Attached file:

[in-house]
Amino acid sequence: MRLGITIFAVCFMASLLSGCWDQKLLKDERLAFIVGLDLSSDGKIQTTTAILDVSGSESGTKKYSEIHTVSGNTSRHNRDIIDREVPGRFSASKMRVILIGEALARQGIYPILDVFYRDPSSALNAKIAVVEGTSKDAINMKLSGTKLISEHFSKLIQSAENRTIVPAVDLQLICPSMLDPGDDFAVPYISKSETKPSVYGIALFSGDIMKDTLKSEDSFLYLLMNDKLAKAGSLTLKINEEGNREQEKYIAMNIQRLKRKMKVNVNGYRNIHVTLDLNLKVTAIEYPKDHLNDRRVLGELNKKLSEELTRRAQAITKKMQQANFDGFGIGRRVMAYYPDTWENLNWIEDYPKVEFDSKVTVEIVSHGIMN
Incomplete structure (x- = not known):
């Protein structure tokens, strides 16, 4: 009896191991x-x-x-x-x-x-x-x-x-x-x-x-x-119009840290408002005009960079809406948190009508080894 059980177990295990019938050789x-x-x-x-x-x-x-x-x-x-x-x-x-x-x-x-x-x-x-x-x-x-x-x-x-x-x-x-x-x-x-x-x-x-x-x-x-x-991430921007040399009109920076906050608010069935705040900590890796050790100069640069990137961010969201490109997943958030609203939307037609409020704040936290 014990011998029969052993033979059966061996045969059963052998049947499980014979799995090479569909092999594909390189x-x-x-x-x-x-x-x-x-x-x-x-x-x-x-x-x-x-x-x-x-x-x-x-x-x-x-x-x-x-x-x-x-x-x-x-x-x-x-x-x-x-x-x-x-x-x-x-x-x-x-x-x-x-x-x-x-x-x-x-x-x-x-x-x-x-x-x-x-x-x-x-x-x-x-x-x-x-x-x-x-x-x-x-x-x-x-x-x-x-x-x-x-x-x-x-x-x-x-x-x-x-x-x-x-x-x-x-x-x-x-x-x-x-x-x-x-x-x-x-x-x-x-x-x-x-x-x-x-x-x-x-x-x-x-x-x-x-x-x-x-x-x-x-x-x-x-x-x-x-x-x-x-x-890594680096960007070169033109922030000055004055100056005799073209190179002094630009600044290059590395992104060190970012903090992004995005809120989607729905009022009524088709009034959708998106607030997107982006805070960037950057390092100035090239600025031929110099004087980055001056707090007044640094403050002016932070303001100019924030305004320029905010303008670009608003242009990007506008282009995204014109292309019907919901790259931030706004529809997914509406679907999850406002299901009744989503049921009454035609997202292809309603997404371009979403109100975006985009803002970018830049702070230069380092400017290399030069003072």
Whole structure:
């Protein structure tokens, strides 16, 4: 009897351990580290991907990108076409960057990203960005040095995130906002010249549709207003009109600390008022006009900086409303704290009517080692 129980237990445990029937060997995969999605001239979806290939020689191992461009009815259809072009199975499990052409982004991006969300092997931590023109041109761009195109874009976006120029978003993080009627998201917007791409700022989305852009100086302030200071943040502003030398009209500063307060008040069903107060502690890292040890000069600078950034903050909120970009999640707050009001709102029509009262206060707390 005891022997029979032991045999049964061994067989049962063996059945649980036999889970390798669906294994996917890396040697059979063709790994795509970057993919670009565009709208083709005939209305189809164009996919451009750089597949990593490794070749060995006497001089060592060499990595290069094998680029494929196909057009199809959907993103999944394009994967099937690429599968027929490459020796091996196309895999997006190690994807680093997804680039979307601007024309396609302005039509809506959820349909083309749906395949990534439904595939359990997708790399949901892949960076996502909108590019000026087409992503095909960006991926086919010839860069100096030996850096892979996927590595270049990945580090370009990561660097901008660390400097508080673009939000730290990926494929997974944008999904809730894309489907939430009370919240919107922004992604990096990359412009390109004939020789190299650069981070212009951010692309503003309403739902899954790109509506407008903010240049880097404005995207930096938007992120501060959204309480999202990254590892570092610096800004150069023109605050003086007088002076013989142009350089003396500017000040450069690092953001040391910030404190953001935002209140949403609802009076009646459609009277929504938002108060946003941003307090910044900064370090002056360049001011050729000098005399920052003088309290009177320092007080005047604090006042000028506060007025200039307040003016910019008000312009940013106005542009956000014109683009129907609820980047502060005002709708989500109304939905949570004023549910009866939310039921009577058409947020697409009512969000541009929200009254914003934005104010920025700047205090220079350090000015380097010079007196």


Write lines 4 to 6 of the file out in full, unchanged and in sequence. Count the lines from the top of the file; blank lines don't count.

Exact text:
């Protein structure tokens, strides 16, 4: 009896191991x-x-x-x-x-x-x-x-x-x-x-x-x-119009840290408002005009960079809406948190009508080894 059980177990295990019938050789x-x-x-x-x-x-x-x-x-x-x-x-x-x-x-x-x-x-x-x-x-x-x-x-x-x-x-x-x-x-x-x-x-x-x-x-x-x-991430921007040399009109920076906050608010069935705040900590890796050790100069640069990137961010969201490109997943958030609203939307037609409020704040936290 014990011998029969052993033979059966061996045969059963052998049947499980014979799995090479569909092999594909390189x-x-x-x-x-x-x-x-x-x-x-x-x-x-x-x-x-x-x-x-x-x-x-x-x-x-x-x-x-x-x-x-x-x-x-x-x-x-x-x-x-x-x-x-x-x-x-x-x-x-x-x-x-x-x-x-x-x-x-x-x-x-x-x-x-x-x-x-x-x-x-x-x-x-x-x-x-x-x-x-x-x-x-x-x-x-x-x-x-x-x-x-x-x-x-x-x-x-x-x-x-x-x-x-x-x-x-x-x-x-x-x-x-x-x-x-x-x-x-x-x-x-x-x-x-x-x-x-x-x-x-x-x-x-x-x-x-x-x-x-x-x-x-x-x-x-x-x-x-x-x-x-x-x-890594680096960007070169033109922030000055004055100056005799073209190179002094630009600044290059590395992104060190970012903090992004995005809120989607729905009022009524088709009034959708998106607030997107982006805070960037950057390092100035090239600025031929110099004087980055001056707090007044640094403050002016932070303001100019924030305004320029905010303008670009608003242009990007506008282009995204014109292309019907919901790259931030706004529809997914509406679907999850406002299901009744989503049921009454035609997202292809309603997404371009979403109100975006985009803002970018830049702070230069380092400017290399030069003072």
Whole structure:
């Protein structure tokens, strides 16, 4: 009897351990580290991907990108076409960057990203960005040095995130906002010249549709207003009109600390008022006009900086409303704290009517080692 129980237990445990029937060997995969999605001239979806290939020689191992461009009815259809072009199975499990052409982004991006969300092997931590023109041109761009195109874009976006120029978003993080009627998201917007791409700022989305852009100086302030200071943040502003030398009209500063307060008040069903107060502690890292040890000069600078950034903050909120970009999640707050009001709102029509009262206060707390 005891022997029979032991045999049964061994067989049962063996059945649980036999889970390798669906294994996917890396040697059979063709790994795509970057993919670009565009709208083709005939209305189809164009996919451009750089597949990593490794070749060995006497001089060592060499990595290069094998680029494929196909057009199809959907993103999944394009994967099937690429599968027929490459020796091996196309895999997006190690994807680093997804680039979307601007024309396609302005039509809506959820349909083309749906395949990534439904595939359990997708790399949901892949960076996502909108590019000026087409992503095909960006991926086919010839860069100096030996850096892979996927590595270049990945580090370009990561660097901008660390400097508080673009939000730290990926494929997974944008999904809730894309489907939430009370919240919107922004992604990096990359412009390109004939020789190299650069981070212009951010692309503003309403739902899954790109509506407008903010240049880097404005995207930096938007992120501060959204309480999202990254590892570092610096800004150069023109605050003086007088002076013989142009350089003396500017000040450069690092953001040391910030404190953001935002209140949403609802009076009646459609009277929504938002108060946003941003307090910044900064370090002056360049001011050729000098005399920052003088309290009177320092007080005047604090006042000028506060007025200039307040003016910019008000312009940013106005542009956000014109683009129907609820980047502060005002709708989500109304939905949570004023549910009866939310039921009577058409947020697409009512969000541009929200009254914003934005104010920025700047205090220079350090000015380097010079007196």